The City Plan calls for 15-minute neighbourhoods. Neighbourhoods where you can find education, entertainment, employment, recreation, shopping, playspace and park space all within a 15-minute walk from your front door.
In the southern neighbourhoods of Ward pihêsiwin, we are not close. Ambleside, Glenridding, Langdale, Upper Windermere and Keswick all have beautiful collections of houses. Some have schools with some park space. There are a couple of shopping centres. But the closest recreation amenity is Terwillegar Rec Centre, a 20-minute drive north, across Anthony Henday Drive. Not a 15-minute walk, and certainly not a place you can send your kid on their bike.
We need a better plan.
One of my accomplishments from the last Council term I am most proud of is the partnership at Dr. Anne Anderson High School which resulted in a $6M community centre being added to the school. This was a partnership my colleague Trustee Nathan Ip and I collaborated on and lobbied for; one that sees this school become a community hub.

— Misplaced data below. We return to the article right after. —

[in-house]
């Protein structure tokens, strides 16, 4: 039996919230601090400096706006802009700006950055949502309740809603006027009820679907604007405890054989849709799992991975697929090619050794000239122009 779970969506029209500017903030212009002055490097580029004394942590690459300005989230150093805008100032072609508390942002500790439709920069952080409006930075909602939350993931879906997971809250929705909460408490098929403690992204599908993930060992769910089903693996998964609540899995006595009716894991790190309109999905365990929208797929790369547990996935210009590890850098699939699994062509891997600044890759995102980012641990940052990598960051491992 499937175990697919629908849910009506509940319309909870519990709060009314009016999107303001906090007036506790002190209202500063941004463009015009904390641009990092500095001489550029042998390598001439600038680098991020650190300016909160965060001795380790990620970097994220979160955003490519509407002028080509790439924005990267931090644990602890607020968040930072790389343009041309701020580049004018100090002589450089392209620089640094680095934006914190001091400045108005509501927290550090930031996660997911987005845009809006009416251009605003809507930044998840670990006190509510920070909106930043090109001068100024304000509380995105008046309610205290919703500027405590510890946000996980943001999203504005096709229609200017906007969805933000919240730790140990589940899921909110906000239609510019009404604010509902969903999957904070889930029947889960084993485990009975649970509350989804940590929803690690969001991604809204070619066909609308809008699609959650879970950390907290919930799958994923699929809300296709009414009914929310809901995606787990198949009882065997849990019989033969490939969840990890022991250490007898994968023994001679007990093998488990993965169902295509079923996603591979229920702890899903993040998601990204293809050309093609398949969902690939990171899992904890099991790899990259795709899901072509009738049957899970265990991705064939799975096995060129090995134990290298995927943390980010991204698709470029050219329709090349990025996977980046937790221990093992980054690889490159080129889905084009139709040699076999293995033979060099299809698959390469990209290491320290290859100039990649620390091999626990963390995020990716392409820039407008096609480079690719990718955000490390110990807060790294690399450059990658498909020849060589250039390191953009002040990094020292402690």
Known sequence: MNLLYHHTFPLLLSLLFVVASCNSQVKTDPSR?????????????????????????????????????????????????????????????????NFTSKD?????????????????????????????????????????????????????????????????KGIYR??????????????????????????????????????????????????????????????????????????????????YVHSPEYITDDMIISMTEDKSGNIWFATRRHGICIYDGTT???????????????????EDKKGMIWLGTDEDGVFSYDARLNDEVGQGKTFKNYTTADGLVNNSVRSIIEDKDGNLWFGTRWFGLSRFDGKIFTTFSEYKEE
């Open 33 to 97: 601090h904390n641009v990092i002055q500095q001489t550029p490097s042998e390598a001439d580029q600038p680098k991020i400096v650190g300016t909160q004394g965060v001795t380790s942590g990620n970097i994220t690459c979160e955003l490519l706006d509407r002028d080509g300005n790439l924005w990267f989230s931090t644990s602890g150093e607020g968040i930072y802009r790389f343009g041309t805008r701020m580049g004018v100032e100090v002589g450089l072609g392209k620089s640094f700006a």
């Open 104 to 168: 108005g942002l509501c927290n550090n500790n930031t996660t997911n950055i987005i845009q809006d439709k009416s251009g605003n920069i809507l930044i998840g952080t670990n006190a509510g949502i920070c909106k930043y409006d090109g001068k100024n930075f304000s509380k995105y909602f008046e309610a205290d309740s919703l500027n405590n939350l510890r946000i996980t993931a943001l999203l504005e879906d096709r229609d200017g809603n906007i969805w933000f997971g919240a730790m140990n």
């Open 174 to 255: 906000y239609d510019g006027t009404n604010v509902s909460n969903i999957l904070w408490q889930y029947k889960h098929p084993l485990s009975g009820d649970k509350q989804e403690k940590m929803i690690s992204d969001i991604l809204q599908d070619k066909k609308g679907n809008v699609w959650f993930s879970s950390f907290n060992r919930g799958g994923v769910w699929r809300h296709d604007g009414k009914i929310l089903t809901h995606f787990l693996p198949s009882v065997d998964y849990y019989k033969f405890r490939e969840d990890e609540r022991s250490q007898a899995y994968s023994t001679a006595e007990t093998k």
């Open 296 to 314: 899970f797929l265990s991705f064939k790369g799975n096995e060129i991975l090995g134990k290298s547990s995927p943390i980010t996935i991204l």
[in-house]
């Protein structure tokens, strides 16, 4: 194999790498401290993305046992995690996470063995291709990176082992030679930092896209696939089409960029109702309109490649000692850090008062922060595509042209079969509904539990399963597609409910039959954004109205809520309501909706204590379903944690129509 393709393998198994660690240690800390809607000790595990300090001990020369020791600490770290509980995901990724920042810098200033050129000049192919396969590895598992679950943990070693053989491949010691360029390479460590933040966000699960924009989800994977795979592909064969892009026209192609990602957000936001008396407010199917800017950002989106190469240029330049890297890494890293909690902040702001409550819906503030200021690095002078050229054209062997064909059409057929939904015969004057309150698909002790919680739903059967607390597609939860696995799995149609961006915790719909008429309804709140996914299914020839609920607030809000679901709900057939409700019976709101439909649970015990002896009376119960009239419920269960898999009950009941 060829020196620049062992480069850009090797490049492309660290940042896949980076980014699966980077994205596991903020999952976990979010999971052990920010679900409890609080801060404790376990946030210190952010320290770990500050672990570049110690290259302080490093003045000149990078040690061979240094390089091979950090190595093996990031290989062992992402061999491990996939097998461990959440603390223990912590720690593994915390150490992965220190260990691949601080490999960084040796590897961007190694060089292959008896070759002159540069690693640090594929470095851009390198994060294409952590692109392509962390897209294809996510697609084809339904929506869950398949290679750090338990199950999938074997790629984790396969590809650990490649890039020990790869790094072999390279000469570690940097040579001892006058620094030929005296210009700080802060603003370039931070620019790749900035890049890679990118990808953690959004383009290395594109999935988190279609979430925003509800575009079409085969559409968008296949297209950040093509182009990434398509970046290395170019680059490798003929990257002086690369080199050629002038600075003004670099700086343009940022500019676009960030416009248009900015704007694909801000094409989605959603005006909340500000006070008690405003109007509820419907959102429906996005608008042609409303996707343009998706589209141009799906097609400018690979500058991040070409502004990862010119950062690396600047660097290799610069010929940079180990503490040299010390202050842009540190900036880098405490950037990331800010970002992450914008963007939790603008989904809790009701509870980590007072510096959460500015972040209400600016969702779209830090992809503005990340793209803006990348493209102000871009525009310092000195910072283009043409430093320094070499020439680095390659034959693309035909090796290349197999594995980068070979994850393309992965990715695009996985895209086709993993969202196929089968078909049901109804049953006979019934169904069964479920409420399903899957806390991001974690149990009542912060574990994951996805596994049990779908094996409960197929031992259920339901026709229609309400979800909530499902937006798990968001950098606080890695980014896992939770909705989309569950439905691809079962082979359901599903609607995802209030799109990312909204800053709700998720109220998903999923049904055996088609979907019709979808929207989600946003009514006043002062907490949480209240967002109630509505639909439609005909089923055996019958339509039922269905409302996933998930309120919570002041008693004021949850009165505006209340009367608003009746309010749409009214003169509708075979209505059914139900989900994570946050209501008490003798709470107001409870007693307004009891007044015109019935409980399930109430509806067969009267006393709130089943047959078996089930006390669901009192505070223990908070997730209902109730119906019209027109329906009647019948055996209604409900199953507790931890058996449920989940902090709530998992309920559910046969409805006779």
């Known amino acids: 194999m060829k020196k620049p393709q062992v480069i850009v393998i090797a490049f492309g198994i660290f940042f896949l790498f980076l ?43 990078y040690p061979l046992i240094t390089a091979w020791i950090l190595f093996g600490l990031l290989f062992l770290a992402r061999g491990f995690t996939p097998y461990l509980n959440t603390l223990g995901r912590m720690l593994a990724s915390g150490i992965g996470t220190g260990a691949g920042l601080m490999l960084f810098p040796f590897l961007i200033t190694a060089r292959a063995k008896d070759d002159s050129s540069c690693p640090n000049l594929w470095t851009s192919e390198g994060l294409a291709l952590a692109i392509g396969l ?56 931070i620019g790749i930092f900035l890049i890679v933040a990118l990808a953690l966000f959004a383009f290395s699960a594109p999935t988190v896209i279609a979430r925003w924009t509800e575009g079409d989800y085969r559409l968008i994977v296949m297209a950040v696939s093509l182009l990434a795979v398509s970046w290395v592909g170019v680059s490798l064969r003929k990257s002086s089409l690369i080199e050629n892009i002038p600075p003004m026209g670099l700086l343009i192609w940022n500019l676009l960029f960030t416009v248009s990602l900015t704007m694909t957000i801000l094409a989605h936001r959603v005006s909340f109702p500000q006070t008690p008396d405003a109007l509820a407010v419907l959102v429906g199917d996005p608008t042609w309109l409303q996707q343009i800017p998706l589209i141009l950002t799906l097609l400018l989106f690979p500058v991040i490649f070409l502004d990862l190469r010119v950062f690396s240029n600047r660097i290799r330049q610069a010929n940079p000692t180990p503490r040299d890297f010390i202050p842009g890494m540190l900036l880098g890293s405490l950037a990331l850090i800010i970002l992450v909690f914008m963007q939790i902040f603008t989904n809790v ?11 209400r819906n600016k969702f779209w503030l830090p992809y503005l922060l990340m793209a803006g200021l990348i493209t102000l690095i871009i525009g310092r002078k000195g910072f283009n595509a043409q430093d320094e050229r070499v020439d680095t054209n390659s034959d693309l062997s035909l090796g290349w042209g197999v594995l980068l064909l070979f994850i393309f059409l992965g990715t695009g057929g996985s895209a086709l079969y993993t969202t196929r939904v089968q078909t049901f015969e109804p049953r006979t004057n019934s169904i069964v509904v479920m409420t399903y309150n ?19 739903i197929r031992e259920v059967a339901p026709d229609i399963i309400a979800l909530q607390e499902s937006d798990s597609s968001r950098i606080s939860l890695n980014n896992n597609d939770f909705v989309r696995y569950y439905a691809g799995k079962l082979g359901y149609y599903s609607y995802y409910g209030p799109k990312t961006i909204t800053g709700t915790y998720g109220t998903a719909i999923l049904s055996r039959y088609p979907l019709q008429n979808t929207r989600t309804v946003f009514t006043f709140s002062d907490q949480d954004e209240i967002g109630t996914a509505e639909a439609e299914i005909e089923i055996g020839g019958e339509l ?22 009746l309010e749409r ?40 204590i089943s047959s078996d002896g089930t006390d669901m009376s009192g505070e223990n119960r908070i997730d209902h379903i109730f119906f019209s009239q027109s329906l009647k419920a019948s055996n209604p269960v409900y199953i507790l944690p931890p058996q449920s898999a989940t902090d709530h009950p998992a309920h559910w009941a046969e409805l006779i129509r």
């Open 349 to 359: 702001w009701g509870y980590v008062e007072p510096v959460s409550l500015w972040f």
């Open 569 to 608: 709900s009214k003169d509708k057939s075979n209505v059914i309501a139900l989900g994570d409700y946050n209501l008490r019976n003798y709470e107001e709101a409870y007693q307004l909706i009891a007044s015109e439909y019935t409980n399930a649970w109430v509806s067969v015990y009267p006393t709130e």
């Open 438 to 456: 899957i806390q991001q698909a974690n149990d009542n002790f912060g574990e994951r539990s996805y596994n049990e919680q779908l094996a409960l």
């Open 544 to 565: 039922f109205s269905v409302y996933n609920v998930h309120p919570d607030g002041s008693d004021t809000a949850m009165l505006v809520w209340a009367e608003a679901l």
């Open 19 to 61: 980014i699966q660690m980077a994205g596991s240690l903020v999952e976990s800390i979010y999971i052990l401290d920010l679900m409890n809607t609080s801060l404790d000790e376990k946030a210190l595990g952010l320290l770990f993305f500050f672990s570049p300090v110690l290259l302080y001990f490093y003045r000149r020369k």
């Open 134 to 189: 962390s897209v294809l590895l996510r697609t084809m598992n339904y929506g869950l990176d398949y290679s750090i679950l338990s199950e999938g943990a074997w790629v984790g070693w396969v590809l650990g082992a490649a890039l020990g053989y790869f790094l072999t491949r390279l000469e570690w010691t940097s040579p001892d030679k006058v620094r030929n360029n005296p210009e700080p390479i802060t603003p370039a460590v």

Now, with that community centre, several local community leagues have a place to meet. Local residents including youth can access a fitness centre and running track. It isn’t as grand as Terwillegar, but it will go a long way. It will be near a future LRT station and is a couple of blocks from the small, storefront Heritage Valley library branch.
These are excellent examples of small-scale amenity development that can be delivered through partnerships at a much lower cost than the mega rec centre. What can we do to find owner-operators that will build a local arena or swimming pool to become that hub in the next neighbourhood? Developers? Builders? School Boards?
Many of the smaller amenities I am talking about are usually delivered in partnership with Community Leagues. The local community league will complete a needs assessment to determine community support for a spray park or a new community hall. It will raise money through fundraisers or casinos. It will apply for matching grants from the City and the Province. It is a worthy process, but it takes years, and that’s if you already have a community league.